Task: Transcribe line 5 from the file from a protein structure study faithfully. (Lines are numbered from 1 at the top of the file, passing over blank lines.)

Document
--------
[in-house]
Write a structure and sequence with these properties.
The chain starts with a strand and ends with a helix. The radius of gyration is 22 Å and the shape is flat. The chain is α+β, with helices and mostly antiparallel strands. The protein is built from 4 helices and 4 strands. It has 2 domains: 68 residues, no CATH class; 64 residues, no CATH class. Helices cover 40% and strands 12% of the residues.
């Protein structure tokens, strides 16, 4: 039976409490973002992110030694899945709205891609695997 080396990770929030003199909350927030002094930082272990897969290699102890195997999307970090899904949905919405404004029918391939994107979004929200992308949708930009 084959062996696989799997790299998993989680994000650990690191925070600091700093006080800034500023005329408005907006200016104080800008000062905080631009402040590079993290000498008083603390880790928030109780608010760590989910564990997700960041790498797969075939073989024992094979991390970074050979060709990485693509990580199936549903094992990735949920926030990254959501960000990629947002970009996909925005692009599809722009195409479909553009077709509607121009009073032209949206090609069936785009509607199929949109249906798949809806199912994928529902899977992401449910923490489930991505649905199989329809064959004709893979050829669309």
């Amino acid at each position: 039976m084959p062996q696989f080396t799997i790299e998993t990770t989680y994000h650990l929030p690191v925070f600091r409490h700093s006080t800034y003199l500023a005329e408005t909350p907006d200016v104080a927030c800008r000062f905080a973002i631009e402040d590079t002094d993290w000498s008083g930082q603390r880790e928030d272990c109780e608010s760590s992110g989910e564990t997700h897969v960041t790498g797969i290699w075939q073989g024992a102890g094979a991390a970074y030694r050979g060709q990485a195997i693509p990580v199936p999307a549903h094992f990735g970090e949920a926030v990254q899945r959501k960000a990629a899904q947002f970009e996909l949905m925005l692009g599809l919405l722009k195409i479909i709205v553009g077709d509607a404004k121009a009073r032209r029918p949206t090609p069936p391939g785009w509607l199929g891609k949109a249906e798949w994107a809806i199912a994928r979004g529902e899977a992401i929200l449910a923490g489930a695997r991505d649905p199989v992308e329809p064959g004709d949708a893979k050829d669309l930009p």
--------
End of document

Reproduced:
């Amino acid at each position: 039976m084959p062996q696989f080396t799997i790299e998993t990770t989680y994000h650990l929030p690191v925070f600091r409490h700093s006080t800034y003199l500023a005329e408005t909350p907006d200016v104080a927030c800008r000062f905080a973002i631009e402040d590079t002094d993290w000498s008083g930082q603390r880790e928030d272990c109780e608010s760590s992110g989910e564990t997700h897969v960041t790498g797969i290699w075939q073989g024992a102890g094979a991390a970074y030694r050979g060709q990485a195997i693509p990580v199936p999307a549903h094992f990735g970090e949920a926030v990254q899945r959501k960000a990629a899904q947002f970009e996909l949905m925005l692009g599809l919405l722009k195409i479909i709205v553009g077709d509607a404004k121009a009073r032209r029918p949206t090609p069936p391939g785009w509607l199929g891609k949109a249906e798949w994107a809806i199912a994928r979004g529902e899977a992401i929200l449910a923490g489930a695997r991505d649905p199989v992308e329809p064959g004709d949708a893979k050829d669309l930009p």